At the time of the Award, Domenica Latorre had over eighteen years experience in horticultural and agribusiness management and over fourteen years experience working with community bodies at a local, state and national level, working with the rural counseling program, TAFE SA and other training bodies. She was sitting on the Regional Advisory Board to the SA Multicultural and Ethnic Affairs Commission, on the National Association of Rural Counseling Services and at a state level on the Rural Financial Counseling Service SA and the Riverland Multicultural Forum.

She specializes in working with the cultural and linguistically diverse and has undertaken a number of research projects to raise awareness of workforce development issues.

Domenica is acutely concerned with the significant shortage (and continual decline) of people, skills and workforce currently gripping rural and regional communities, with the culturally and linguistically diverse the most affected group. She believes that many rural women have demonstrated resourcefulness and resilience, in establishing small businesses and generating income critical to the sustainability of their family and their farms.

Her ambition was to focus on exploring educational programs and practices that will benefit rural women, particularly those from CALD backgrounds, their communities and agriculture generally.

Domenica had previously designed and delivered a successful pilot for rural women from CALD backgrounds, covering Certificate 111 Business Frontline Management and is currently delivering a customized training program in rural business management for farm enterprises.

She planned to use the bursary to research successful rural business training models, both in Australia and in Europe, to analyse training systems, methodologies and resources and to quantify the most successful relationships between training and sustainable business practices.

She hoped her research would result in training programs that best met the needs of rural women, including women from CALD backgrounds that will in turn contribute to the future profitability of their farm businesses and agriculture. The research was also to be used to develop a training model to support a team of women to train and pass on their knowledge to others in the community.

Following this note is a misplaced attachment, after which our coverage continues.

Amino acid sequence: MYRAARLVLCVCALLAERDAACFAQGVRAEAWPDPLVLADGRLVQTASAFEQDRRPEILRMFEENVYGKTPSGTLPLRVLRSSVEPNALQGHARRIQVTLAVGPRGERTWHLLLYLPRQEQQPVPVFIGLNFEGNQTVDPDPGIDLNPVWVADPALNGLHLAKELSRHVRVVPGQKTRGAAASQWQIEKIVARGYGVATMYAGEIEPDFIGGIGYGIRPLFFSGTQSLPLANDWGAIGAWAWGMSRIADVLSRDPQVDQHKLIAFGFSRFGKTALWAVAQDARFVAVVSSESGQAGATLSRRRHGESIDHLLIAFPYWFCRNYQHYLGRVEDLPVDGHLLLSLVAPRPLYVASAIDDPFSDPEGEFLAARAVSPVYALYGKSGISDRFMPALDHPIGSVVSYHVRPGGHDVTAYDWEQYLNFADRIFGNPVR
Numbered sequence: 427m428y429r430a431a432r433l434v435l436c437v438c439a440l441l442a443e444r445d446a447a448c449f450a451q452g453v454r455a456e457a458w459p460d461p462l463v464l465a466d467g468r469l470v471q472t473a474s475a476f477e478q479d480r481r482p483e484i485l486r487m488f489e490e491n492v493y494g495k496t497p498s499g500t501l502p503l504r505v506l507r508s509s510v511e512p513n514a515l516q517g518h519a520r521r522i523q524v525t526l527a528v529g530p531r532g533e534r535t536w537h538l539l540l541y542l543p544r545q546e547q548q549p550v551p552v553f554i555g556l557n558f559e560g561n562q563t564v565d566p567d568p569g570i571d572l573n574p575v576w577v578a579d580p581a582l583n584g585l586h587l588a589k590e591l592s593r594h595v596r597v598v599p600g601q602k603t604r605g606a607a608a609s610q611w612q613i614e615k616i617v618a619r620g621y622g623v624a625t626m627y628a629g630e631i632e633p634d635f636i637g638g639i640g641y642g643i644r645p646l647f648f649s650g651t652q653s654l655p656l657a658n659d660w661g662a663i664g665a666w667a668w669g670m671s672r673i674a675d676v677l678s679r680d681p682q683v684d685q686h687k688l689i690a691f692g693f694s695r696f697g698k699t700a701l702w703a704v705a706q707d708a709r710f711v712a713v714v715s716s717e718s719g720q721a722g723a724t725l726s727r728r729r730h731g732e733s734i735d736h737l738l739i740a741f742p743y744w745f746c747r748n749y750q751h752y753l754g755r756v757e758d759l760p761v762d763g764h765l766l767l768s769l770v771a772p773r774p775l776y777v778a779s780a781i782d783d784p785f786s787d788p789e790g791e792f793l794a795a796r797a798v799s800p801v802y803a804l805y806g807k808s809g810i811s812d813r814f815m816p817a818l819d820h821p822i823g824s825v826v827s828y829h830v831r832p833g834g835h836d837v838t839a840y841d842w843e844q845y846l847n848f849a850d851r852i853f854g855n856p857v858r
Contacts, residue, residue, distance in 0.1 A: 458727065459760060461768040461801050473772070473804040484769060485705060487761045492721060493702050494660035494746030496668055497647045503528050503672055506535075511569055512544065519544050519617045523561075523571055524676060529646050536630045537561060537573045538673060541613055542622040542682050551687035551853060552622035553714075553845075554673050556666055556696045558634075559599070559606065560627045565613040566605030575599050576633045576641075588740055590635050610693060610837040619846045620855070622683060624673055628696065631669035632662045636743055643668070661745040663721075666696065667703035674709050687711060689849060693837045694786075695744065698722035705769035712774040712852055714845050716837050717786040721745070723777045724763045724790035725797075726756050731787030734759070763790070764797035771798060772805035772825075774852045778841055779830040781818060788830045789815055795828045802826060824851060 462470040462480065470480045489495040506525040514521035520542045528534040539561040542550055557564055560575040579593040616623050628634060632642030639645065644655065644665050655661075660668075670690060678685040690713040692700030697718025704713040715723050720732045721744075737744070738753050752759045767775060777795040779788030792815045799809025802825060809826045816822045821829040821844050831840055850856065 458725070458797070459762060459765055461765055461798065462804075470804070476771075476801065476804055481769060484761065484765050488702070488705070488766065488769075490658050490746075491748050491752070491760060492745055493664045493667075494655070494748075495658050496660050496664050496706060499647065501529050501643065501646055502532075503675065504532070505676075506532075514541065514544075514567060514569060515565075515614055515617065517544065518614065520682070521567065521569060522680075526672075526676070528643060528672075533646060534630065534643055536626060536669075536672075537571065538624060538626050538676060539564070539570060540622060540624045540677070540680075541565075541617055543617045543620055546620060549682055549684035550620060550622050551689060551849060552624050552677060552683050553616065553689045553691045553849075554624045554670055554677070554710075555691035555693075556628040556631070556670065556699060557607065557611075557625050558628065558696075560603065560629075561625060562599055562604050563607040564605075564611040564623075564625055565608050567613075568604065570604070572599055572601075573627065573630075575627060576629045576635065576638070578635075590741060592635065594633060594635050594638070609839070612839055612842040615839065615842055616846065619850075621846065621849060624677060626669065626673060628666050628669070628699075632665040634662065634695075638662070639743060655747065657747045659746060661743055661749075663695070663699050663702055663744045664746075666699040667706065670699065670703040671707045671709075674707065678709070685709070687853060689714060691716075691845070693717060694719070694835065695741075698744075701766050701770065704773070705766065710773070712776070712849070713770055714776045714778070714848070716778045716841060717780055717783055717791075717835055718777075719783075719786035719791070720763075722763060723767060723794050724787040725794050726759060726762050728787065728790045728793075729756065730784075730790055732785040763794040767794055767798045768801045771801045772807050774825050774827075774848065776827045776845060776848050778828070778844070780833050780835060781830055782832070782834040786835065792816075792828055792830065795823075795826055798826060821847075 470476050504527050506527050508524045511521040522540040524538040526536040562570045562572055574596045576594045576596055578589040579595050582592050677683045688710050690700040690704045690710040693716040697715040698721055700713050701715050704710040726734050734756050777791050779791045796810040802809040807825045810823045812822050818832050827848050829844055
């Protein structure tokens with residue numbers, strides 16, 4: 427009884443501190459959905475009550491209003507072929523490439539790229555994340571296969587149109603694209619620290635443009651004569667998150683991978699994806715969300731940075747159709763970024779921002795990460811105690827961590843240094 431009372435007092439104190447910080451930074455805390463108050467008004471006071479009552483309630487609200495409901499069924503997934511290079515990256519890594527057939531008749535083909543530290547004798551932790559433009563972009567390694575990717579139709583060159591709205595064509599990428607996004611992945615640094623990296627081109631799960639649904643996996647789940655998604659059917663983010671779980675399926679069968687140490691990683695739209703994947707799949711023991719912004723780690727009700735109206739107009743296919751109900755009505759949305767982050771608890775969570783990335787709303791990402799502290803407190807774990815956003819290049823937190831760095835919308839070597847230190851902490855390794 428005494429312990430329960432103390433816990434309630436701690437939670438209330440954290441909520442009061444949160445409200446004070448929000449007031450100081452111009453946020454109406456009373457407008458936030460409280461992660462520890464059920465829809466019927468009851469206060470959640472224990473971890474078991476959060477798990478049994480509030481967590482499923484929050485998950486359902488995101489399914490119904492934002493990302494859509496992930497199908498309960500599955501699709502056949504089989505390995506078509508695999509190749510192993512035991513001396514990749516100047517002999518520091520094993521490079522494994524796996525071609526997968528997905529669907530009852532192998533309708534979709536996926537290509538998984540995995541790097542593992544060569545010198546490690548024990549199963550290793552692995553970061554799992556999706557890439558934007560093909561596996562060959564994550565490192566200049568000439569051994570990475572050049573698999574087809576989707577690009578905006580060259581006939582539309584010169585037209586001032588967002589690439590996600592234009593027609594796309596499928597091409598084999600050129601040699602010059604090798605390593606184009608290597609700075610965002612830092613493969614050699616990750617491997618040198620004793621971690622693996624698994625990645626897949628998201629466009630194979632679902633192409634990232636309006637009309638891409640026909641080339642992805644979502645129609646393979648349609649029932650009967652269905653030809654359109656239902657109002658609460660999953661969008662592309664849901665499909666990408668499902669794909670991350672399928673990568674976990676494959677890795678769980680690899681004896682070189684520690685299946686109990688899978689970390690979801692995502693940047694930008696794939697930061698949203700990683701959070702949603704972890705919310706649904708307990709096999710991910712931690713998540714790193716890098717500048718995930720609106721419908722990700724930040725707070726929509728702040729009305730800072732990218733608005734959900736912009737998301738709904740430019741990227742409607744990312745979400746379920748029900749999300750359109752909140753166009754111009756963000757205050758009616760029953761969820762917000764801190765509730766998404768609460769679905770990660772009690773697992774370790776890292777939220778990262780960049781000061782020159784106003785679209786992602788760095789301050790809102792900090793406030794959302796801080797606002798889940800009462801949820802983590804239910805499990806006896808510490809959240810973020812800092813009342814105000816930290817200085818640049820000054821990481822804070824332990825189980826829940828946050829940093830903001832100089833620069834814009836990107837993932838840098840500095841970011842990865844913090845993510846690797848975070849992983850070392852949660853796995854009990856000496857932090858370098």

Maggie Edmonds

2008 National Runner-up and Western Australia Winner - Maggie Edmonds

Farm stalls and information centre for fostering smaller producers

Maggie Edmonds has a long history of involvement in Western Australia’s agricultural industries, most notably in the protea flower, passionfruit and olive industries.

Maggie instigated the first local protea growers association in Western Australia and went on to become President of the International Protea Association, responsible for bringing the 6th Biennial Protea Association to Perth.

She established the Gingin Regional Olive Growers Association (GROGs) and organised Western Australia’s first and subsequent two Olive Festivals. She was on the Board of the Australian Olive Association and is a trained judge of olive oil and table olives.

Maggie has also been actively involved in the establishment of farmers markets, having instigated the Wanneroo Farmers Markets and the Gingin markets.

Maggie has a solid knowledge and experience in agricultural produce, and in particularly how to value add and niche market it and a passion for sharing her learning’s with producers across the region.

She proposed to establish an information centre and retail outlet, to provide small to medium producers with practical advice and contacts on all aspects of their products and a retail outlet for the sale of their products.

She was to use the bursary to undertake a business improvement program and to fund a study tour to South Africa to learn from their strong tradition of farm stalls and of fostering smaller producers, before establishing the framework for her agricultural information centre.


2008 Tasmania Winner – Jeanette Fisher

At the time of the Award, Jeanette Fisher was President of the Professional Calf Rearers’ Association of Australia and a dairy heifer management consultant.